Academic
Publications
Selected non- Saccharomyces wine yeasts in controlled multistarter fermentations with Saccharomyces cerevisiae

Selected non- Saccharomyces wine yeasts in controlled multistarter fermentations with Saccharomyces cerevisiae,10.1016/j.fm.2010.12.001,Food Microbiol

Selected non- Saccharomyces wine yeasts in controlled multistarter fermentations with Saccharomyces cerevisiae   (Citations: 2)
BibTex | RIS | RefWorks Download
Non-Saccharomyces yeasts are metabolically active during spontaneous and inoculated must fermentations, and by producing a plethora of by-products, they can contribute to the definition of the wine aroma. Thus, use of Saccharomyces and non-Saccharomyces yeasts as mixed starter cultures for inoculation of wine fermentations is of increasing interest for quality enhancement and improved complexity of wines. We initially characterized 34 non-Saccharomyces yeasts of the genera Candida, Lachancea (Kluyveromyces), Metschnikowia and Torulaspora, and evaluated their enological potential. This confirmed that non-Saccharomyces yeasts from wine-related environments represent a rich sink of unexplored biodiversity for the winemaking industry. From these, we selected four non-Saccharomyces yeasts to combine with starter cultures of Saccharomyces cerevisiae in mixed fermentation trials. The kinetics of growth and fermentation, and the analytical profiles of the wines produced indicate that these non-Saccharomyces strains can be used with S. cerevisiae starter cultures to increase polysaccharide, glycerol and volatile compound production, to reduce volatile acidity, and to increase or reduce the total acidity of the final wines, depending on yeast species and inoculum ratio used. The overall effects of the non-Saccharomyces yeasts on fermentation and wine quality were strictly dependent on the Saccharomyces/non-Saccharomyces inoculum ratio that mimicked the differences of fermentation conditions (natural or simultaneous inoculated fermentation).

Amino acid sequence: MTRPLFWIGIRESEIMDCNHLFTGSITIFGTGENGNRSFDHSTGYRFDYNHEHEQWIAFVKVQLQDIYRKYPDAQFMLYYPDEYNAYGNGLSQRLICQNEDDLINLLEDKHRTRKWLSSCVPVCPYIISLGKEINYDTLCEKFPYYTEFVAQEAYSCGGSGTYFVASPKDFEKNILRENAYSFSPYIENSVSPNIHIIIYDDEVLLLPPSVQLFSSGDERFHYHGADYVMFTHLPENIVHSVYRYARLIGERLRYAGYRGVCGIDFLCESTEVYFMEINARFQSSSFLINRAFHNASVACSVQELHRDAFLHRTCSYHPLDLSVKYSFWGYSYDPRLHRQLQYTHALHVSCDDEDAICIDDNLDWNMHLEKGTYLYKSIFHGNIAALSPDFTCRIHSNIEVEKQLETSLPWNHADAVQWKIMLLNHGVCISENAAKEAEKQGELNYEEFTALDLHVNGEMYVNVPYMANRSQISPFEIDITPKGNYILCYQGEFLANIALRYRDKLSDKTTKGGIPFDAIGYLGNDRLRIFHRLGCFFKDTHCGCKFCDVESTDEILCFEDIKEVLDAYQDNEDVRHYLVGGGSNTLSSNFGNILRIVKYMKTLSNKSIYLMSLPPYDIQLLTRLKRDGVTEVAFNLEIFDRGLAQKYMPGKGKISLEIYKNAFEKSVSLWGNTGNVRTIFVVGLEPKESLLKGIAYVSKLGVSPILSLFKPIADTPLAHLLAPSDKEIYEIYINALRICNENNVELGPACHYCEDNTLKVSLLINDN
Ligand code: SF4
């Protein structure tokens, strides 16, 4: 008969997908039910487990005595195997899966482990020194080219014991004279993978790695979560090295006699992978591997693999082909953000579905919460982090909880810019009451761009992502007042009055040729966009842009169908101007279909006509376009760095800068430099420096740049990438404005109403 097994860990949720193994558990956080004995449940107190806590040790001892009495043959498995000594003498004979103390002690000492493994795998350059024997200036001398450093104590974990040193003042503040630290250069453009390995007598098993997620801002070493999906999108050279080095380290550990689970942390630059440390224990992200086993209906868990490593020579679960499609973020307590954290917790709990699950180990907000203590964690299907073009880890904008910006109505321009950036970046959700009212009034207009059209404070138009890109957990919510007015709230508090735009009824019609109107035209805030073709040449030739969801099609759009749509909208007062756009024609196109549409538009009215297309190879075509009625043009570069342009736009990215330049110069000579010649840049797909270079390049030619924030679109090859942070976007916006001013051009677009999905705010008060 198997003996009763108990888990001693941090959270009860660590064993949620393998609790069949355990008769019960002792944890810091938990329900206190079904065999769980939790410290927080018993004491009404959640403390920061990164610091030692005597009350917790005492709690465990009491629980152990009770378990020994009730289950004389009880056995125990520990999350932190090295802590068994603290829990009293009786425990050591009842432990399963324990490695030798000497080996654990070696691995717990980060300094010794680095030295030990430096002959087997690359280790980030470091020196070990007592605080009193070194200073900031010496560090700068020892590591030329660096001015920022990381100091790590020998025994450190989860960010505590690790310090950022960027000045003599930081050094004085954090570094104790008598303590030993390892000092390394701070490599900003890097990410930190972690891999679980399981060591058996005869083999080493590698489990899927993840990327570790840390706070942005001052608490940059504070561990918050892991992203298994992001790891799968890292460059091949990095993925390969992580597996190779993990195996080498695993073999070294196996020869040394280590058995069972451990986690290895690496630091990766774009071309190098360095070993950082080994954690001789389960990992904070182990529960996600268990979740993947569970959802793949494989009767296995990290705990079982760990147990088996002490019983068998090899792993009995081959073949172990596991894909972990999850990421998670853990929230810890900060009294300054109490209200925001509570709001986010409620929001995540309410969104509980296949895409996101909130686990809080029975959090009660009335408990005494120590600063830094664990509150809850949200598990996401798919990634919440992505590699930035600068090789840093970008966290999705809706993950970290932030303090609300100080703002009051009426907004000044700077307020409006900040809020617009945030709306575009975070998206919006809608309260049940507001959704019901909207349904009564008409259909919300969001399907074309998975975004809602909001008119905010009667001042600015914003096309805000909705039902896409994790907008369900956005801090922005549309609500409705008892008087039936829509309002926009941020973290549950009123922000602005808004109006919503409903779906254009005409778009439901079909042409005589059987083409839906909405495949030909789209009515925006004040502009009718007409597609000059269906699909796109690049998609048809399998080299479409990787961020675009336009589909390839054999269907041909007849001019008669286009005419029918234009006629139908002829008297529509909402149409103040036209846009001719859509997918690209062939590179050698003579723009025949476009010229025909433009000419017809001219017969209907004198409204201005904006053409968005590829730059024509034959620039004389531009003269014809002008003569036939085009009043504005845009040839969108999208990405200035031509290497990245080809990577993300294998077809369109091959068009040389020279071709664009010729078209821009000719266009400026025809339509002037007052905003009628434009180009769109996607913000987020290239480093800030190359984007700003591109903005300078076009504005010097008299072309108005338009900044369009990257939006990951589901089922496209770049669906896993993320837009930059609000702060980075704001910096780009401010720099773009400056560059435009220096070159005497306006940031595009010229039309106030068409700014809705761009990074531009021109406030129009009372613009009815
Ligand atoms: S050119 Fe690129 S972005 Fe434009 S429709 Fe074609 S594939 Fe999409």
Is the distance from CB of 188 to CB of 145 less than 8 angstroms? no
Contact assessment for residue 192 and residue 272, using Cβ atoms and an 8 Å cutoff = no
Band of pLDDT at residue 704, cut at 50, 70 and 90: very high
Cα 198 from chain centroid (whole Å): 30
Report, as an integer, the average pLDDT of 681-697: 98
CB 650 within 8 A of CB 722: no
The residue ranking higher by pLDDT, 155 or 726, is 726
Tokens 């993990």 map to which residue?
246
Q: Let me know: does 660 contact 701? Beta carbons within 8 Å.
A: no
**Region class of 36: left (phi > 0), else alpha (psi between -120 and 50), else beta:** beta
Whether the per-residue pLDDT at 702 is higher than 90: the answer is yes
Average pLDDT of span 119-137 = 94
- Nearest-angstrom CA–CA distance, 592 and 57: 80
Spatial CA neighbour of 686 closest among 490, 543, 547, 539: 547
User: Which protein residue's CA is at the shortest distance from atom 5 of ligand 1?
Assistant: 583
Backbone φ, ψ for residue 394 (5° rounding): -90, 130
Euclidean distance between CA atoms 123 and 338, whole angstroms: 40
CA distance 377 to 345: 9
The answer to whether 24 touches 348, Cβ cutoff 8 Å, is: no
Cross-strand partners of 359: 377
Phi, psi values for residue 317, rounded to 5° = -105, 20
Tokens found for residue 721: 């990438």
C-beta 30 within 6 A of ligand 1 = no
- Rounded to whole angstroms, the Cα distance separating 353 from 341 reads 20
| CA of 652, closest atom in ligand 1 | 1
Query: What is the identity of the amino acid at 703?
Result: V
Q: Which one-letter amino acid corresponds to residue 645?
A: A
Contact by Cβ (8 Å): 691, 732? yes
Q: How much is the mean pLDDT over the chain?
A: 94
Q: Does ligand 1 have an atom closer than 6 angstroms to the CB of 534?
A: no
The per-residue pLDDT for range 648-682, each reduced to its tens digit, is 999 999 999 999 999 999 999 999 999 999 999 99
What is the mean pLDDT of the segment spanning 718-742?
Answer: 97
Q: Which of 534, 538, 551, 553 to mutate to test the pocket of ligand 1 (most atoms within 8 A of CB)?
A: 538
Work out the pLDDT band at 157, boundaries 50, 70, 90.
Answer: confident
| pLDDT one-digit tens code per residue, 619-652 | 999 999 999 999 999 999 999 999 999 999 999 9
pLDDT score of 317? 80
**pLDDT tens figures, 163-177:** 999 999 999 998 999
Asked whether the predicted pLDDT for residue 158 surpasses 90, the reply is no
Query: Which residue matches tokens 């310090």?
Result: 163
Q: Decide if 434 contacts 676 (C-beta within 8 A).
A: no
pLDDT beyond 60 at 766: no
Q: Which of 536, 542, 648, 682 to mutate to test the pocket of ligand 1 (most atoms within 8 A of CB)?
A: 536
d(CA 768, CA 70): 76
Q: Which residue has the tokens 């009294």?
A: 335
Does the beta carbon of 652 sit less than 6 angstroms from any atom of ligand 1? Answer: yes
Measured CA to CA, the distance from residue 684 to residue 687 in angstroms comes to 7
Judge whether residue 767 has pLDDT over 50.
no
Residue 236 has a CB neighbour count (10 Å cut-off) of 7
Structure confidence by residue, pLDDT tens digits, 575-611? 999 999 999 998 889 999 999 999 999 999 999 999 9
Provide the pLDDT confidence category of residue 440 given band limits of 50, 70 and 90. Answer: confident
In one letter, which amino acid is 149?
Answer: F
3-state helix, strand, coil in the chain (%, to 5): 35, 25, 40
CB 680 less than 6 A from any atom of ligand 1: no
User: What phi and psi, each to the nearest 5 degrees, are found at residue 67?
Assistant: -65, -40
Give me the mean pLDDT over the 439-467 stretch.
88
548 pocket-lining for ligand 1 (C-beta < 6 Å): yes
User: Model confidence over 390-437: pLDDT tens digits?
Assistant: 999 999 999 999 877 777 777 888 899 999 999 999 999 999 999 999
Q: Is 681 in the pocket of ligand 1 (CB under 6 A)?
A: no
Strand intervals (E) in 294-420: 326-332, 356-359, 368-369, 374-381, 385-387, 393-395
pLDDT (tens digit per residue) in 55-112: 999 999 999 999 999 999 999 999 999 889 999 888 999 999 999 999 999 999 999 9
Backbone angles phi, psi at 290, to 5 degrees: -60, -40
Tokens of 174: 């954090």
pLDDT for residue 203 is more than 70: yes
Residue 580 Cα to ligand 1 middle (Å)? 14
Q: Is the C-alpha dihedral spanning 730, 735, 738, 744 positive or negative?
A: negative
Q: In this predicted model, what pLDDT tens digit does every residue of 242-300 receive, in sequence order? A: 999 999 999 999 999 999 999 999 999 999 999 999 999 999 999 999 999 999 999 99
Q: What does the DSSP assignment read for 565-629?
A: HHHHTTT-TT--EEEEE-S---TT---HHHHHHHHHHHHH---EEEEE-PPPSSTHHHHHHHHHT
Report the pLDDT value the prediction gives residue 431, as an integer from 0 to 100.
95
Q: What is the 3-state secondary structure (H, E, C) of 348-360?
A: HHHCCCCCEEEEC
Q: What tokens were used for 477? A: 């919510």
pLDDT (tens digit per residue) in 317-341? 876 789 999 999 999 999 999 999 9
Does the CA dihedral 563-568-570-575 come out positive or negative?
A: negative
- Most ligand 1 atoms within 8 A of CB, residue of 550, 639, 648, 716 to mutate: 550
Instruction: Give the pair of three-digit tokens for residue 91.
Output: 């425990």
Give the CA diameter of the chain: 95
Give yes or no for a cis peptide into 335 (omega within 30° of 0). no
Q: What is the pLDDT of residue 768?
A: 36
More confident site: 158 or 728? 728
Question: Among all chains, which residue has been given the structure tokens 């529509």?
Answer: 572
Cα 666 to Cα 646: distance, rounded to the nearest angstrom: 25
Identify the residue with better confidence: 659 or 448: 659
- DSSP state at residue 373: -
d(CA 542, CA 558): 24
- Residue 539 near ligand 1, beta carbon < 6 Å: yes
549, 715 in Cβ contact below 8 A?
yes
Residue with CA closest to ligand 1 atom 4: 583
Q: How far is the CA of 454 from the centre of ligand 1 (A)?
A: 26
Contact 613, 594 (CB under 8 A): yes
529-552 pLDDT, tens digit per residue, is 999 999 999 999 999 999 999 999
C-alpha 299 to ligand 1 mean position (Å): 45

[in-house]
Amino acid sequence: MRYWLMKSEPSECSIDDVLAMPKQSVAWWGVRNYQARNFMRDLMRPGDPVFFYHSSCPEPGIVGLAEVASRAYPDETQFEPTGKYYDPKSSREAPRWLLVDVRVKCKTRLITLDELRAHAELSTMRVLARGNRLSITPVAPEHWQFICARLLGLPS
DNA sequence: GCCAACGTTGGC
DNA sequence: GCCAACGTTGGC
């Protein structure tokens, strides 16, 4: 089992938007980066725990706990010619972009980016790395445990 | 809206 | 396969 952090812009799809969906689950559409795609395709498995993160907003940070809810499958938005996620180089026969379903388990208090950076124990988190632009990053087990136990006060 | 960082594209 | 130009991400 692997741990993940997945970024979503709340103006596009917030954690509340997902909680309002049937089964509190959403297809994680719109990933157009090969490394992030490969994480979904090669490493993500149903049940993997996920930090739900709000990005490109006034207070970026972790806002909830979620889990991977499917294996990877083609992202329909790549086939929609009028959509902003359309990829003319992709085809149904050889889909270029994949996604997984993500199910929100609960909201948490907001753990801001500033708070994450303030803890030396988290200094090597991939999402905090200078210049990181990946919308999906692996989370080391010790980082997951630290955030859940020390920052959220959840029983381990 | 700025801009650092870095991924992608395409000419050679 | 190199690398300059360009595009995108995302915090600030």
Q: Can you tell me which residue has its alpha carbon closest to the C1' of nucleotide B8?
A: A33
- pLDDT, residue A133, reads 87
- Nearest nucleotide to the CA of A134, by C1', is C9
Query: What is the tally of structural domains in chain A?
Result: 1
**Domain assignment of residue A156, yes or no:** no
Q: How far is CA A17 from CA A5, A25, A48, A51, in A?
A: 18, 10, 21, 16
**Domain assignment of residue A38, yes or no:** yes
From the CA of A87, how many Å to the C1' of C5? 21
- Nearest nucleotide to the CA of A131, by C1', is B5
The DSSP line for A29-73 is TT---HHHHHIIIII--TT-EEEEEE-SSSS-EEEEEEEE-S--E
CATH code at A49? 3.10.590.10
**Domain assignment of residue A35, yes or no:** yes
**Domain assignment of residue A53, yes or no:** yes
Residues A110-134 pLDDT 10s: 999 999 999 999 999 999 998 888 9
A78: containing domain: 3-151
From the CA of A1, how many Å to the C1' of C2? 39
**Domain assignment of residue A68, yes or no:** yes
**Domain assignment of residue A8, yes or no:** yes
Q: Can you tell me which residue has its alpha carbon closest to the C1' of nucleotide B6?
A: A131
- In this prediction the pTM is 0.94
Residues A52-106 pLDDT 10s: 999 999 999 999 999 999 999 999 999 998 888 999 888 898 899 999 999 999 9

Journal: Food Microbiology - FOOD MICROBIOL , vol. 28, no. 5, pp. 873-882, 2011
Cumulative Annual
View Publication
The following links allow you to view full publications. These links are maintained by other sources not affiliated with Microsoft Academic Search.
Sort by: